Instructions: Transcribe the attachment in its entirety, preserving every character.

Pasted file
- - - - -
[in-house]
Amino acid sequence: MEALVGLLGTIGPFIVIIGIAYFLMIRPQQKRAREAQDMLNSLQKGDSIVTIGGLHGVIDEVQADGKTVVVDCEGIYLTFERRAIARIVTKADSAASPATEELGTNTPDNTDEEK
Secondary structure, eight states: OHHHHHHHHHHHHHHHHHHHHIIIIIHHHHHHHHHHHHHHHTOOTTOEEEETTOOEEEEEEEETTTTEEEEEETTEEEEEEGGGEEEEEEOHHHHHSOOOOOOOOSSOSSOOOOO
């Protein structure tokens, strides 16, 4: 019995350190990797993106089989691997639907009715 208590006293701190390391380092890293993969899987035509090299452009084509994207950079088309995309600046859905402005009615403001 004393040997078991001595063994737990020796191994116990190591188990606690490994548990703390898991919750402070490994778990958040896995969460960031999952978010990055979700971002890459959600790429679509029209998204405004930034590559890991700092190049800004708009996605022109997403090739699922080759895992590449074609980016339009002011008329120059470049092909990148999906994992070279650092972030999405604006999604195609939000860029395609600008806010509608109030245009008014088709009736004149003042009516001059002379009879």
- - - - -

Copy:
[in-house]
Amino acid sequence: MEALVGLLGTIGPFIVIIGIAYFLMIRPQQKRAREAQDMLNSLQKGDSIVTIGGLHGVIDEVQADGKTVVVDCEGIYLTFERRAIARIVTKADSAASPATEELGTNTPDNTDEEK
Secondary structure, eight states: OHHHHHHHHHHHHHHHHHHHHIIIIIHHHHHHHHHHHHHHHTOOTTOEEEETTOOEEEEEEEETTTTEEEEEETTEEEEEEGGGEEEEEEOHHHHHSOOOOOOOOSSOSSOOOOO
């Protein structure tokens, strides 16, 4: 019995350190990797993106089989691997639907009715 208590006293701190390391380092890293993969899987035509090299452009084509994207950079088309995309600046859905402005009615403001 004393040997078991001595063994737990020796191994116990190591188990606690490994548990703390898991919750402070490994778990958040896995969460960031999952978010990055979700971002890459959600790429679509029209998204405004930034590559890991700092190049800004708009996605022109997403090739699922080759895992590449074609980016339009002011008329120059470049092909990148999906994992070279650092972030999405604006999604195609939000860029395609600008806010509608109030245009008014088709009736004149003042009516001059002379009879």